Sunday, April 09, 2006

lemberg opening

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The show at lemberg gallery featured two cranbrook painters that recently filled in for painting faculty chair Beverly Fishman.

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Trygve Faste - I really enjoyed the spacial effect of this painting in person! It felt as though the viewer was being sucked into the sterile office. Examining the painting closer, the office and computers were actually part of one giant computer system and felt like Tron or 2001: Space Odyssey.
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I like his choice of subject matter in the paintings and the way in which they are rendered. He creates these desolate, freaky worlds that you wouldn't want to be trapped in and I can certainly respect his level of detail.
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Matthew Penkala
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10 Comments:

Anonymous Anonymous said...

i hate work like this, don't get mad; just an opinion.

9:53 AM  
Anonymous nolansimon said...

Can't get mad at someone with no name...

11:16 AM  
Anonymous barbara said...

Anonymous.....these two painters are so very different, yet you say "I hate work like this".

One is somewhat photo-realist, the other is abstract color-field.

Can you be more specific about your assessment? I have to agree with nolansimon though....can't get mad at a generic identity

6:21 PM  
Anonymous Anonymous said...

the first group, i don't mind photo realism, but i don't like work that dates itself. I don't mean work shouldn't be contemporary, it's just that those paintings will look old, dated, and obsolete in a few years, why does evryone have such a problem with writing anonymously? Who really cares, seems petty to me. Or do you think it's some self righteous thing to make a stand , and state your name, and fight the good fight, I don't really see the point. i always write anonymously, always will

10:01 AM  
Blogger detart said...

Agree with Barbara, two painters working very differently. While I agree that some art can be timeless, what's wrong with art that speaks to/documents a specific period in our history? The little Faste paintings are gems. I wonder how Penkala gets those surfaces.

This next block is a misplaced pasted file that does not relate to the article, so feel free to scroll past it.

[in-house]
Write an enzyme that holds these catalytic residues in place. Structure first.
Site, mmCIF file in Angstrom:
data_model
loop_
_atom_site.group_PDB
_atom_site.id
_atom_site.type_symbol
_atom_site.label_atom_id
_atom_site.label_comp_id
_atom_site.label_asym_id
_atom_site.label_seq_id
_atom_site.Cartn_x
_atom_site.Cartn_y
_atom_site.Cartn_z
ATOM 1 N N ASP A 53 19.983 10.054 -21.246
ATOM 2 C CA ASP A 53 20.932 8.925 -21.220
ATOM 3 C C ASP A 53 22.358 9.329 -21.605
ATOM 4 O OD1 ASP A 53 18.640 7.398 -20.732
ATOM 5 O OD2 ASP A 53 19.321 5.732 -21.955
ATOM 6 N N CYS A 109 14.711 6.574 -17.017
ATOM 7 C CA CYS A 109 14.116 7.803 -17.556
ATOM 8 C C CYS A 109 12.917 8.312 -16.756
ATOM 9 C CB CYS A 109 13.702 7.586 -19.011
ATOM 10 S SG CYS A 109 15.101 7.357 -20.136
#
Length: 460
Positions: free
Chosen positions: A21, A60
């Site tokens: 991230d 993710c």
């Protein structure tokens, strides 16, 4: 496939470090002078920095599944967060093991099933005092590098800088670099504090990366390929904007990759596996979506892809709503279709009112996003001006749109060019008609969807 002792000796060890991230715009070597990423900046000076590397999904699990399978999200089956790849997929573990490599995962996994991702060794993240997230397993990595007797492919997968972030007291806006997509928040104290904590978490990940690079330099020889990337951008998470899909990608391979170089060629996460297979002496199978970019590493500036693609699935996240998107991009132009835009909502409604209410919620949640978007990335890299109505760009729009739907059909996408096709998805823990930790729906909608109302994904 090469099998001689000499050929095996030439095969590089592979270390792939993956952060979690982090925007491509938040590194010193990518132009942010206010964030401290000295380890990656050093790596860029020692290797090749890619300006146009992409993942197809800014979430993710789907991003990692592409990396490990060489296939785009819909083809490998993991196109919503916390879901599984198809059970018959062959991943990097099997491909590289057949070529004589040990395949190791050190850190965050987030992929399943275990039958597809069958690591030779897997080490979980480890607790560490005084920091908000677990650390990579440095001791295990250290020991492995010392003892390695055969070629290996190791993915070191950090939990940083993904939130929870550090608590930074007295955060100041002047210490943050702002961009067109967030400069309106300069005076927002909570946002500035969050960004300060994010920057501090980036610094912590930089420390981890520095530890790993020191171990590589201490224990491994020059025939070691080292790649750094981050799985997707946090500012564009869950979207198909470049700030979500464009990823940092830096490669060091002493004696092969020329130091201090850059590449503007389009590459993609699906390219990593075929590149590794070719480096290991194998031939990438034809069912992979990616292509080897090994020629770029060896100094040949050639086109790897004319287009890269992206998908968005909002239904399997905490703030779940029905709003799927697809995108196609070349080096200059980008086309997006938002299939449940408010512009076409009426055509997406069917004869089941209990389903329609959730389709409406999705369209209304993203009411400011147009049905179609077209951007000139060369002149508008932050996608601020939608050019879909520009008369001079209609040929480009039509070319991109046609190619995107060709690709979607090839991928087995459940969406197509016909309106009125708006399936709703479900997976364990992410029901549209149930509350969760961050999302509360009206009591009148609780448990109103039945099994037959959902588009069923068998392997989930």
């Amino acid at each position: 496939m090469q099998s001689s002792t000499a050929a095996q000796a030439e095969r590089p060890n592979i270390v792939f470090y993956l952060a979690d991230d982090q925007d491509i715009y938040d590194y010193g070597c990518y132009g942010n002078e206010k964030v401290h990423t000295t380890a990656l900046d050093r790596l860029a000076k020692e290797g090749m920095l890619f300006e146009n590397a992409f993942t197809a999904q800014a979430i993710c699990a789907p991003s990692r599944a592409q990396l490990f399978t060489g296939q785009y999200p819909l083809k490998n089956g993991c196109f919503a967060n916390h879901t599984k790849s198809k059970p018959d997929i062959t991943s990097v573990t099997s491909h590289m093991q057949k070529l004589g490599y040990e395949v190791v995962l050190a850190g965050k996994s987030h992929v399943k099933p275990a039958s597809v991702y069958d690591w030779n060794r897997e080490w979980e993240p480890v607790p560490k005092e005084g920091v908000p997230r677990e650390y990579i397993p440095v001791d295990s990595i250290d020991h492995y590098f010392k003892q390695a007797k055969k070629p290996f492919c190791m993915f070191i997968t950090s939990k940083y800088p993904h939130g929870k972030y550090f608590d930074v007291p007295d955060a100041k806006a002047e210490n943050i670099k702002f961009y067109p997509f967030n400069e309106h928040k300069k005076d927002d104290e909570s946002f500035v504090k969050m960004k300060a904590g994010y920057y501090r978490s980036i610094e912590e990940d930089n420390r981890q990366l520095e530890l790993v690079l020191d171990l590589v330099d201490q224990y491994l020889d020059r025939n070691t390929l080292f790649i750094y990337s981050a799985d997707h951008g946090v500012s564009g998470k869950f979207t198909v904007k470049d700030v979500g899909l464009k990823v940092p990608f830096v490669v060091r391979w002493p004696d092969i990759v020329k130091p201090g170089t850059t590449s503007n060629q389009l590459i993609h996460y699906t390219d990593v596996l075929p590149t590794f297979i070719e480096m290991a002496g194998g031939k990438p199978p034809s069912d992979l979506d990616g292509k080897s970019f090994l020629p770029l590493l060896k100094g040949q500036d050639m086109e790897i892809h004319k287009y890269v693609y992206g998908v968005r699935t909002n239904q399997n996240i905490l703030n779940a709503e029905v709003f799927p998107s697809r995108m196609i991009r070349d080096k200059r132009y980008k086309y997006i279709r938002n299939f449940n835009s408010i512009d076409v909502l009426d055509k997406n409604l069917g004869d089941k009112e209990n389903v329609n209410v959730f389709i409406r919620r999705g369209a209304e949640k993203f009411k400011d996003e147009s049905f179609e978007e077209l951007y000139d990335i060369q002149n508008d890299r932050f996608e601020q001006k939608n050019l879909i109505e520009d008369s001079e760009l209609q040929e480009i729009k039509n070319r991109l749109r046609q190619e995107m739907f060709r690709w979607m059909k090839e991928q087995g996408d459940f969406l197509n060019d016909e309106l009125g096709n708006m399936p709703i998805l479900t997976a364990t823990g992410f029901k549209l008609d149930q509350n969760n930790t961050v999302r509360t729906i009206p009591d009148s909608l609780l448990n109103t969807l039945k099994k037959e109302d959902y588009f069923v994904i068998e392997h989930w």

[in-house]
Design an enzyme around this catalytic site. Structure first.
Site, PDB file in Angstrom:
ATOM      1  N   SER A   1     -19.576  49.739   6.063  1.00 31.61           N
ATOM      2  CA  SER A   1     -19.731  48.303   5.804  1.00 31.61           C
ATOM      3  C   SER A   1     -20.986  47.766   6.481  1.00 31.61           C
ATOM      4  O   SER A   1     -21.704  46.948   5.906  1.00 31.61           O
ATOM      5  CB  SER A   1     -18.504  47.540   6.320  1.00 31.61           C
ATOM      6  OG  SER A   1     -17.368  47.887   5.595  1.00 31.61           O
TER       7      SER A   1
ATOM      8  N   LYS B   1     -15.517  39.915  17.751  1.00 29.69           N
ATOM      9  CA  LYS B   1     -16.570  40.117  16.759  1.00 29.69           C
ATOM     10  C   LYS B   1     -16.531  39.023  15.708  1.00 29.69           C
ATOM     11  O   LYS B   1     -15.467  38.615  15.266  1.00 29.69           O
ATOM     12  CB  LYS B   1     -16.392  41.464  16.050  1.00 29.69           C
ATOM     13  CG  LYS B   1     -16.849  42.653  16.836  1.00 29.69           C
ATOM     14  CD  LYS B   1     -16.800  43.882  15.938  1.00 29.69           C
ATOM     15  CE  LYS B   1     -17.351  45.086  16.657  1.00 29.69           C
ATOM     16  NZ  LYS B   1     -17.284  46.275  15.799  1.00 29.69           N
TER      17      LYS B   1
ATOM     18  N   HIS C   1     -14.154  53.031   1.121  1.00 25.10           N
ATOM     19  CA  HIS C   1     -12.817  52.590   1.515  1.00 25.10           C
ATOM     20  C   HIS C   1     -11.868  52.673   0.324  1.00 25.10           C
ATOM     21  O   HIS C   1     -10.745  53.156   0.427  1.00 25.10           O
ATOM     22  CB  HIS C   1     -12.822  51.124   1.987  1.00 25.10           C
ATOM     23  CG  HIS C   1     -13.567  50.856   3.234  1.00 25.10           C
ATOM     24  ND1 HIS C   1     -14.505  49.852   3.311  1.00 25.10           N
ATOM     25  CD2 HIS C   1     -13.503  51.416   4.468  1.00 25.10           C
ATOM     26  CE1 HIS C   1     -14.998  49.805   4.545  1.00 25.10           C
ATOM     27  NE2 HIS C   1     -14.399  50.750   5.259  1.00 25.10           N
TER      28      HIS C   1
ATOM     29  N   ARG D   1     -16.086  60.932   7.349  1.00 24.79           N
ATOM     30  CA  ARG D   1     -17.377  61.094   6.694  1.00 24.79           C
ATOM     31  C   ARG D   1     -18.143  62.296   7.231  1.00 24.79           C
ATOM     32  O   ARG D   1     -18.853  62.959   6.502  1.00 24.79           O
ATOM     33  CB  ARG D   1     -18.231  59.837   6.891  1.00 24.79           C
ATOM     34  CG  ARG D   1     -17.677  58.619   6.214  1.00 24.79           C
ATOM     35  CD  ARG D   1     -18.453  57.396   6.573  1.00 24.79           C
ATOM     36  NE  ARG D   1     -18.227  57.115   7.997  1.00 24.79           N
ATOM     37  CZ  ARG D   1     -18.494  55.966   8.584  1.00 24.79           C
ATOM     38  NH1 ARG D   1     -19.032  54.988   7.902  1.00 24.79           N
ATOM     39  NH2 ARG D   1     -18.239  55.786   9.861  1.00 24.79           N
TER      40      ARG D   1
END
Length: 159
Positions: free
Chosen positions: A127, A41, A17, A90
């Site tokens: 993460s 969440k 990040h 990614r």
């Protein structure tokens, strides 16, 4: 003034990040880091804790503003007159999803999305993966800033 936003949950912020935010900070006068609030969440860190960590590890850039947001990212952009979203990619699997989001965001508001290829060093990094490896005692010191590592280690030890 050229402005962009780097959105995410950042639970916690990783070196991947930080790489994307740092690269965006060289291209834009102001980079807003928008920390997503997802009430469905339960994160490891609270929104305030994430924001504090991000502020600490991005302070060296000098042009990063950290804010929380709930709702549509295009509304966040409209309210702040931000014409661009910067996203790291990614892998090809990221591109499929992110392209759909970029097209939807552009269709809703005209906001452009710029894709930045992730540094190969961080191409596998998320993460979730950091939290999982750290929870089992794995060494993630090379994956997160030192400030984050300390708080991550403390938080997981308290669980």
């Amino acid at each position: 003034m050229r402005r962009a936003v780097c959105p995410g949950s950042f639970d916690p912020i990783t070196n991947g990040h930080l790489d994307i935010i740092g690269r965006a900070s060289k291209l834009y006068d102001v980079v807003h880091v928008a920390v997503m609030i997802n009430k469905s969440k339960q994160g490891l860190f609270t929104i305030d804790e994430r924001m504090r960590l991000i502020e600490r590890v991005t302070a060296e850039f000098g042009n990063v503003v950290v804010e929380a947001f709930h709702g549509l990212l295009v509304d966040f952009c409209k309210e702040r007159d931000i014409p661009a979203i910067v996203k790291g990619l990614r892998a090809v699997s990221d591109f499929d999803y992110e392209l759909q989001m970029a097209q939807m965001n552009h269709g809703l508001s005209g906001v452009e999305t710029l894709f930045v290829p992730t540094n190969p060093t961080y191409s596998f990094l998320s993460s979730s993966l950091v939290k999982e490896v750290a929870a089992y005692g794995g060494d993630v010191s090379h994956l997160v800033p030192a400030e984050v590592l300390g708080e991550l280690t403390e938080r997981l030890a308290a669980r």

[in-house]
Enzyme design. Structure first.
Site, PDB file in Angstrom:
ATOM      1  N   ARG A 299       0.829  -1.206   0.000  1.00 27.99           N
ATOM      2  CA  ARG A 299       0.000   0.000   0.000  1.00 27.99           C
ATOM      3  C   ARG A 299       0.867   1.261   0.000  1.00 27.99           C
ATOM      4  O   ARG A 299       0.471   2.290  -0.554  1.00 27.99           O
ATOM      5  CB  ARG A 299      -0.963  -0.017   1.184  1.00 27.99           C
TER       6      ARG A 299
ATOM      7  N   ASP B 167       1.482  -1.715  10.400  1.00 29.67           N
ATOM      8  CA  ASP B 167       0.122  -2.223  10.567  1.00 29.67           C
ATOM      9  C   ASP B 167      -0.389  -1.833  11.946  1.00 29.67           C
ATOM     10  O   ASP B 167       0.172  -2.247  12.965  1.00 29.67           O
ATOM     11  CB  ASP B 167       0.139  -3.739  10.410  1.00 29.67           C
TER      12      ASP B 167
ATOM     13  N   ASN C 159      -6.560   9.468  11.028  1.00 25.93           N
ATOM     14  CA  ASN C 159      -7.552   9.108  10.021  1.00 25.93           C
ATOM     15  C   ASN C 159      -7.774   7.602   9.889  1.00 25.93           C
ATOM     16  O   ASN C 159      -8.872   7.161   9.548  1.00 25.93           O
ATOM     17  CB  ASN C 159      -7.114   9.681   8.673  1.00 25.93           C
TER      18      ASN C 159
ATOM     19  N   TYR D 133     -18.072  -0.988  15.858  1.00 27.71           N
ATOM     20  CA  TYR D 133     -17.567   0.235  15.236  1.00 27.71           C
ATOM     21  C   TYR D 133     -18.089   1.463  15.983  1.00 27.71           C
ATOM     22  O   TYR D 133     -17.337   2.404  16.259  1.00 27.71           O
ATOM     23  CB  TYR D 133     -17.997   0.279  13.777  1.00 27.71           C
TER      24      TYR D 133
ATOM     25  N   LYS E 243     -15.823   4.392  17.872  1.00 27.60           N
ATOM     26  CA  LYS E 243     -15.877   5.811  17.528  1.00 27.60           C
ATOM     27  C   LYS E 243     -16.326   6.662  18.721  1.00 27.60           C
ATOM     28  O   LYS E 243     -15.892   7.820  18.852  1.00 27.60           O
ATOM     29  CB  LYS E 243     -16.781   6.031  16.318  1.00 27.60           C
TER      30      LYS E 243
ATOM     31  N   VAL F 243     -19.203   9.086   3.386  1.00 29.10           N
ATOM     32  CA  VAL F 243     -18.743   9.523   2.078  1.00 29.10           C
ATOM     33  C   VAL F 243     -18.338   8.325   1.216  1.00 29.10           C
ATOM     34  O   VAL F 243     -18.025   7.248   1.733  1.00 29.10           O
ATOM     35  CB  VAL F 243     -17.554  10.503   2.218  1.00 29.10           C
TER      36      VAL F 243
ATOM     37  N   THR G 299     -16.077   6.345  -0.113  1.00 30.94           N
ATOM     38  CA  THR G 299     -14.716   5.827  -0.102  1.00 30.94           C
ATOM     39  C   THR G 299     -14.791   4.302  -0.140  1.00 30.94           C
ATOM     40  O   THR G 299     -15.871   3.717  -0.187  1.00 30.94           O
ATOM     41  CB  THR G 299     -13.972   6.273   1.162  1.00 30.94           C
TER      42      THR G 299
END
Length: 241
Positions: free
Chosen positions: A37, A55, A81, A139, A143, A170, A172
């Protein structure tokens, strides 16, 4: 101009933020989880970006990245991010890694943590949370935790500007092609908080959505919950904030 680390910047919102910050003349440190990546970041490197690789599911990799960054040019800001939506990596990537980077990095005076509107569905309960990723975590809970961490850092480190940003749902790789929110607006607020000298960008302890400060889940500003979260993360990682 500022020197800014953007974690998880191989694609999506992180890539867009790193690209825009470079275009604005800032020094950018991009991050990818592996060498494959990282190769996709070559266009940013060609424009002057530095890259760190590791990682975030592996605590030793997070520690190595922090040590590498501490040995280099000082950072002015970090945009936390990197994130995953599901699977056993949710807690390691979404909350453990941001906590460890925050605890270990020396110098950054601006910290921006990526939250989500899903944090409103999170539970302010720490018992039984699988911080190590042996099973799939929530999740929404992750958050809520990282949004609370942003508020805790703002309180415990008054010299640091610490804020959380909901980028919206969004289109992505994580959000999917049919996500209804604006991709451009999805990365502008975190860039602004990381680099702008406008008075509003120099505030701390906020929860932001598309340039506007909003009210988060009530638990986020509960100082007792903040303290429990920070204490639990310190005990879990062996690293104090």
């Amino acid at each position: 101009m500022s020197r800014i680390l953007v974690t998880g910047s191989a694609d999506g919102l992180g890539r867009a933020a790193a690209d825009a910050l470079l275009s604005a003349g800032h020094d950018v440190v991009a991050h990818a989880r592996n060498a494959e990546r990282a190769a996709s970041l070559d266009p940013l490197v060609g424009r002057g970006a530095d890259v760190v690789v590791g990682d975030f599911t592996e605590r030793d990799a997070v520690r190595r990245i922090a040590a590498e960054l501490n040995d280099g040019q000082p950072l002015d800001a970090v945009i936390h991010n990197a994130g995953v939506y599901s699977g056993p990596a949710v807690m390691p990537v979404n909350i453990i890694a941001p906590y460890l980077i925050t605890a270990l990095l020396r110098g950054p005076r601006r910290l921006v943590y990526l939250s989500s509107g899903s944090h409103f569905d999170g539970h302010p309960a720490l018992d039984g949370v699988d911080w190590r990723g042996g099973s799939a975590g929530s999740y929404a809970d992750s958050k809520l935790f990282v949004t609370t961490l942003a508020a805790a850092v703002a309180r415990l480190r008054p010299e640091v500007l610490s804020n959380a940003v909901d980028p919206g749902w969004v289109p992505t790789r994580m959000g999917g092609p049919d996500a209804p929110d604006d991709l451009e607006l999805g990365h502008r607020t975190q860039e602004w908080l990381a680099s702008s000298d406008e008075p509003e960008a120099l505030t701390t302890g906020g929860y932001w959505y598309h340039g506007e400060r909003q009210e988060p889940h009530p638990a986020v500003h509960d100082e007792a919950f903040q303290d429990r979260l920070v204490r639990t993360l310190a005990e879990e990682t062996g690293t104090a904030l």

1:01 PM  
Anonymous Anonymous said...

nothing , it just becomes dated, more than likely there will be plenty of other sources with technology these days to document life in general during a specific time period, I can als undersatnd there theris most likely a statement the artist is making bout contemporary life. I sense in the work an idea of isolation i the modern era, anyways it's my opinion and i hate work like this, the second painter is more appealing to me.

3:10 PM  
Anonymous jim said...

dear anonymous -

for someone who thinks this blog is all cronyism and ann being a martyr, you sure do read it and post on it a lot.

-jim

4:21 PM  
Anonymous Anonymous said...

im not that same anonymous jimmy, you know there may be more than one anonymous writer, by the way i don' think there is anything wrong with cronyism that's how the world works. also you don't have to sign your name jimmy because it lists your name at the beginning.

5:32 PM  
Anonymous Anonymous said...

detart asked,"I wonder how Penkala gets those surfaces."

Penkala builds up three or four hundred layers of polyurethane and pigment.

6:13 PM  
Anonymous Anonymous said...

This is a different Anonymous responding to the other Anonymous who takes issue with artwork that dates itself.

One of the pieces is titled "planned obsolescence", so I think that this is the idea that the artist is trying to convey.

4:54 PM  

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